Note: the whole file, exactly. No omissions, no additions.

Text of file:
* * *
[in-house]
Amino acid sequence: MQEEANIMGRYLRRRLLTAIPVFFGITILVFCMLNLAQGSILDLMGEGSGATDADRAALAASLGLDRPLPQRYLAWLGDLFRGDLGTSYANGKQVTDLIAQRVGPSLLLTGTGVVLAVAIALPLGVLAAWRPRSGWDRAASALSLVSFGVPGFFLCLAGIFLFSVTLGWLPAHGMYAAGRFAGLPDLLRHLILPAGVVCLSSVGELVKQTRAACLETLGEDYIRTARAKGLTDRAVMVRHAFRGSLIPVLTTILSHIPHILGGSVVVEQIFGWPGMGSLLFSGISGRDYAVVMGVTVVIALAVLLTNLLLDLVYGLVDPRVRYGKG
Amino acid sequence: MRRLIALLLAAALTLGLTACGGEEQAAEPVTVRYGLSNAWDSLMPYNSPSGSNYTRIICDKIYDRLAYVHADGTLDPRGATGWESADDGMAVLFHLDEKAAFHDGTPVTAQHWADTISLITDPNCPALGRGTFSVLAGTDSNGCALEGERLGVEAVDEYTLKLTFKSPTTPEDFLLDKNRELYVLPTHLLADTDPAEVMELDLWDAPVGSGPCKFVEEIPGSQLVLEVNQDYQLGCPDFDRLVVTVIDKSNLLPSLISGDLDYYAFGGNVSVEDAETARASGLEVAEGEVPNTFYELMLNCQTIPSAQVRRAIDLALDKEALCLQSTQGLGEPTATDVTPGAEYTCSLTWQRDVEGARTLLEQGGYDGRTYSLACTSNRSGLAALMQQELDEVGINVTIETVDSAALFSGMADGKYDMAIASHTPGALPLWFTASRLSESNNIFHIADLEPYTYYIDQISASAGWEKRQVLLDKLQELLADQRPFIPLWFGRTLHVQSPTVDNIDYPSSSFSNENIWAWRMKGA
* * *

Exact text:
[in-house]
Amino acid sequence: MQEEANIMGRYLRRRLLTAIPVFFGITILVFCMLNLAQGSILDLMGEGSGATDADRAALAASLGLDRPLPQRYLAWLGDLFRGDLGTSYANGKQVTDLIAQRVGPSLLLTGTGVVLAVAIALPLGVLAAWRPRSGWDRAASALSLVSFGVPGFFLCLAGIFLFSVTLGWLPAHGMYAAGRFAGLPDLLRHLILPAGVVCLSSVGELVKQTRAACLETLGEDYIRTARAKGLTDRAVMVRHAFRGSLIPVLTTILSHIPHILGGSVVVEQIFGWPGMGSLLFSGISGRDYAVVMGVTVVIALAVLLTNLLLDLVYGLVDPRVRYGKG
Amino acid sequence: MRRLIALLLAAALTLGLTACGGEEQAAEPVTVRYGLSNAWDSLMPYNSPSGSNYTRIICDKIYDRLAYVHADGTLDPRGATGWESADDGMAVLFHLDEKAAFHDGTPVTAQHWADTISLITDPNCPALGRGTFSVLAGTDSNGCALEGERLGVEAVDEYTLKLTFKSPTTPEDFLLDKNRELYVLPTHLLADTDPAEVMELDLWDAPVGSGPCKFVEEIPGSQLVLEVNQDYQLGCPDFDRLVVTVIDKSNLLPSLISGDLDYYAFGGNVSVEDAETARASGLEVAEGEVPNTFYELMLNCQTIPSAQVRRAIDLALDKEALCLQSTQGLGEPTATDVTPGAEYTCSLTWQRDVEGARTLLEQGGYDGRTYSLACTSNRSGLAALMQQELDEVGINVTIETVDSAALFSGMADGKYDMAIASHTPGALPLWFTASRLSESNNIFHIADLEPYTYYIDQISASAGWEKRQVLLDKLQELLADQRPFIPLWFGRTLHVQSPTVDNIDYPSSSFSNENIWAWRMKGA